Airports Council International (ACI) World has today published an Advisory Bulletin on the predicted global economic impact on the airport traffic and revenue of the unfolding COVID-19 public health emergency.
As the World Health Organization (WHO) and the International Civil Aviation Organization (ICAO) have published a joint statement providing updated advice on COVID-19 and civil aviation, ACI World has predicted the economic impact of the outbreak on the global airport industry will be pronounced.
At the global level, ACI estimates that airport passenger traffic volume for the first quarter of 2020 will be down at least 12 percentage points compared to what ACI previously projected for the same quarter.
Asia-Pacific is the most impacted region with passenger traffic volumes down 24 percentage points as compared to previous business as usual forecasts for the first quarter of 2020. Europe and the Middle East are also expected to be significantly impacted by reductions in traffic. North America is expected to see similar declines in the second quarter of 2020 with recent service reductions just announced last week in North America and with more expected in the coming weeks.
This effect on passenger numbers and flight cancellations will result in reduced revenues from airport charges – while aeronautical revenues are being challenged in this way, the cost base for airport charges remains unchanged as airports have many fixed costs.
Prior to the COVID-19 outbreak, global airport revenues for the first quarter of 2020 were forecast to reach close to $39.5 billion USD. ACI now estimates a loss of revenues of at least $4.3 billion for total revenue. Most of the loss in revenues is expected to occur in the Asia-Pacific region with a difference of $3 billion in projected revenue. This is approximately equal to the total annual revenues of two major European or Asian hubs combined.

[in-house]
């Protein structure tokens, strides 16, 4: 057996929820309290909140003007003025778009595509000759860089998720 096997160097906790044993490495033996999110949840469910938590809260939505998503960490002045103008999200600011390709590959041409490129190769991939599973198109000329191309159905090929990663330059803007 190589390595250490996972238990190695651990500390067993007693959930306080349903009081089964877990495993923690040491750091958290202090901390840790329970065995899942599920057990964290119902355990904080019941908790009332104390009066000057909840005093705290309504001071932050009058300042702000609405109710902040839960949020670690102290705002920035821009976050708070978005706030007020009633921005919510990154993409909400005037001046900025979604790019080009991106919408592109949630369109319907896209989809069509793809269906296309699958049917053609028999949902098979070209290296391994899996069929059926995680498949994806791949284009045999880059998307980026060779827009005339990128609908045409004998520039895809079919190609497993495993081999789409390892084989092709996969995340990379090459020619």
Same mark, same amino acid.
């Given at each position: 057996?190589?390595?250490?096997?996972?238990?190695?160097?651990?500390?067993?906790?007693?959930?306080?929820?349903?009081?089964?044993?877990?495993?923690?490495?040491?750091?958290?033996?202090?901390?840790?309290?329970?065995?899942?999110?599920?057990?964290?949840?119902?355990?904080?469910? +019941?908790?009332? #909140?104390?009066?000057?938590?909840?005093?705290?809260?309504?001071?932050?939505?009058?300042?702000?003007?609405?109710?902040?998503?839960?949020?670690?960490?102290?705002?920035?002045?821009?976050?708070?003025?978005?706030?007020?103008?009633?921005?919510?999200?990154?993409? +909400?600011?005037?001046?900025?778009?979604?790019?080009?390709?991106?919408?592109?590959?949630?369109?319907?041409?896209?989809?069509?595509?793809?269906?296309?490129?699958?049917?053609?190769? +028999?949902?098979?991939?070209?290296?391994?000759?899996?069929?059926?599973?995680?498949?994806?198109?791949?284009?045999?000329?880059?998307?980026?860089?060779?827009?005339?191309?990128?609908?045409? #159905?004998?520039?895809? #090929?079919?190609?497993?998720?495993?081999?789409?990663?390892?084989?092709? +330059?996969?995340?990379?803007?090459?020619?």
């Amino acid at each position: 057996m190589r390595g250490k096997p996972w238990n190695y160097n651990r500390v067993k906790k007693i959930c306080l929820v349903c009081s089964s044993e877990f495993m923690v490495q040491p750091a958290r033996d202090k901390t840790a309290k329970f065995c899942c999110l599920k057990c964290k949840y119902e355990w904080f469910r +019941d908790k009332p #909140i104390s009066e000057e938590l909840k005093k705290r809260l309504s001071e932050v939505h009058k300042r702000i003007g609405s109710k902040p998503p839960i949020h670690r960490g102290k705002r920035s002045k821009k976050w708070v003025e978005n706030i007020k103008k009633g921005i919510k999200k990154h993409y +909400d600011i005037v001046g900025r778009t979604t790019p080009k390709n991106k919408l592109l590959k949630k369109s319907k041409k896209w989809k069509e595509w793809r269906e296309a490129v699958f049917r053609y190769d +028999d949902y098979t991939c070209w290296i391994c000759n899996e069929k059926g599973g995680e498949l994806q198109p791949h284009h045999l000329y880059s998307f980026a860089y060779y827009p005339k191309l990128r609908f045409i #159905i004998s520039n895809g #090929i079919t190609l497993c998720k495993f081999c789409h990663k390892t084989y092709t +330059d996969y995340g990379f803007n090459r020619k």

At this time, Europe is the second most-impacted region, while all other regions will see the impact of the loss of passengers as more data becomes available.
ACI World is also urging a proportionate slot allocation response to COVID-19 that will preserve global airport connectivity. A global suspension of slot rules would jeopardize the ability for countries to stay connected with the world which will, in turn, have knock-on effects to economies. ACI World favors an evidence-based market-by-market review.
Depending on local circumstances, a relaxation to a lower threshold as a first step may be considered in the case of markets where airlines are trimming capacity to reflect the lower demand impact experienced on routes not as directly impacted. In markets that are severely impacted, a suspension of the 80/20 rule may be considered for a limited period, in consultation with airport operators, airlines and slot coordinators.
“The airport industry recognizes that all stakeholders of the aviation ecosystem are heavily impacted by the COVID-19 outbreak, and as such favors strengthened cooperation between airports, airlines, and regulatory authorities as the industry responds to the outbreak,” ACI World Director General Angela Gittens said.
“The sudden shock represented by the COVID-19 outbreak is affecting passenger and cargo traffic worldwide, markedly in Asia-Pacific and significantly reducing airport revenues.
“Airports rely heavily on airport charges to fund their operating and capital costs and operators find themselves under intense pressure during periods of traffic decline. Airport revenues must be sufficiently protected to ensure safe and sustainable operations. Measures to limit the collection of airport charges would be ill-advised.
“ACI World and all ACI Regions are also urging a proportionate slot allocation response to COVID-19 that will preserve global airport connectivity and favors a market-by-market review which is evidence-based when it comes to assessing slot usage requirements. An evidence-based review would examine infection rates, load factors, forward booking forecasts, and the impact on the environment of continuing certain services.”
As the situation continues to unfold quickly, and cognizant that the above analyses are based on data from ACI databases and on scheduled capacity extracted in early March 2020, ACI World will continue to closely monitor the situation and adjust its advisory accordingly.